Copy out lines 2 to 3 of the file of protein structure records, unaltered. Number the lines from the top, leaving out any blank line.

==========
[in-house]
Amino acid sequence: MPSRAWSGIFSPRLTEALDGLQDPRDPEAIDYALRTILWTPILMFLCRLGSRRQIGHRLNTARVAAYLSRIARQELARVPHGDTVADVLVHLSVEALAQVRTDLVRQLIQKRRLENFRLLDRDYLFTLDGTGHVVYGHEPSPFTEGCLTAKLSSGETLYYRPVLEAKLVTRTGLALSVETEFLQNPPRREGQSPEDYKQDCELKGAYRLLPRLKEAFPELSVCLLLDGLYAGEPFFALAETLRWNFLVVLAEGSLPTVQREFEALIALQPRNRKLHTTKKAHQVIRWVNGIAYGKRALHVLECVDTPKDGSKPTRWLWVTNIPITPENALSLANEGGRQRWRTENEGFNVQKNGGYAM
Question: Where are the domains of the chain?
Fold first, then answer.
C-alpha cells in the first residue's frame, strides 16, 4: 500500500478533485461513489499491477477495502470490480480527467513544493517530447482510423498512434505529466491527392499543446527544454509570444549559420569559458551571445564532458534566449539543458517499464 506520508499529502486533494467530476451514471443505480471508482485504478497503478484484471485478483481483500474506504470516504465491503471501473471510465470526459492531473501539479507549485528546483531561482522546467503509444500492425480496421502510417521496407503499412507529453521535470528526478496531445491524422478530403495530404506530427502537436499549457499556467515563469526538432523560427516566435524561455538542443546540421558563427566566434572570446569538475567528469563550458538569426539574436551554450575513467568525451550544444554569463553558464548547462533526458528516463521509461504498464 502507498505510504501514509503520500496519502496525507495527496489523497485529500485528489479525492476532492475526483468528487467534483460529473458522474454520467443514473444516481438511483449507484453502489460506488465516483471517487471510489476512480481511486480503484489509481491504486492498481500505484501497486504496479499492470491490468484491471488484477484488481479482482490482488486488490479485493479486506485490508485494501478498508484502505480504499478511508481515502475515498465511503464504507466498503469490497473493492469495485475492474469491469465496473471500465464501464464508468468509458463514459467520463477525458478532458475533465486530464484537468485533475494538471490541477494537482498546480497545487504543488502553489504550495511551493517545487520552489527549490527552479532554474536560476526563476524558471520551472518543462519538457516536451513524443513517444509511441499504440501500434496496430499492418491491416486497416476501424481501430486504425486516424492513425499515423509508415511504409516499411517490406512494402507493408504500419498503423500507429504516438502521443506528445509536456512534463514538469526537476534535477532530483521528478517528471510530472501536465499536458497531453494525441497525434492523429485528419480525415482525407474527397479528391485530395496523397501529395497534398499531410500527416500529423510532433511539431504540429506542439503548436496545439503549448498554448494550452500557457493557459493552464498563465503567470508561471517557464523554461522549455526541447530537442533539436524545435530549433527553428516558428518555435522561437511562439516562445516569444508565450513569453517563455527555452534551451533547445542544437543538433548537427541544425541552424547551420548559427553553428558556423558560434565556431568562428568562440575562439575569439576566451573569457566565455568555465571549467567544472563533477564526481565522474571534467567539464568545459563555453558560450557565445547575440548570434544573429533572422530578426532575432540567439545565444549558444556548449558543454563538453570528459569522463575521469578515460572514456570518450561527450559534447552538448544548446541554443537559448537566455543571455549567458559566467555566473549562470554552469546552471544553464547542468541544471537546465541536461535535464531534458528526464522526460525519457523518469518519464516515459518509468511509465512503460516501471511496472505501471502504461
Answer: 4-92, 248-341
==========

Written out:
Amino acid sequence: MPSRAWSGIFSPRLTEALDGLQDPRDPEAIDYALRTILWTPILMFLCRLGSRRQIGHRLNTARVAAYLSRIARQELARVPHGDTVADVLVHLSVEALAQVRTDLVRQLIQKRRLENFRLLDRDYLFTLDGTGHVVYGHEPSPFTEGCLTAKLSSGETLYYRPVLEAKLVTRTGLALSVETEFLQNPPRREGQSPEDYKQDCELKGAYRLLPRLKEAFPELSVCLLLDGLYAGEPFFALAETLRWNFLVVLAEGSLPTVQREFEALIALQPRNRKLHTTKKAHQVIRWVNGIAYGKRALHVLECVDTPKDGSKPTRWLWVTNIPITPENALSLANEGGRQRWRTENEGFNVQKNGGYAM
Question: Where are the domains of the chain?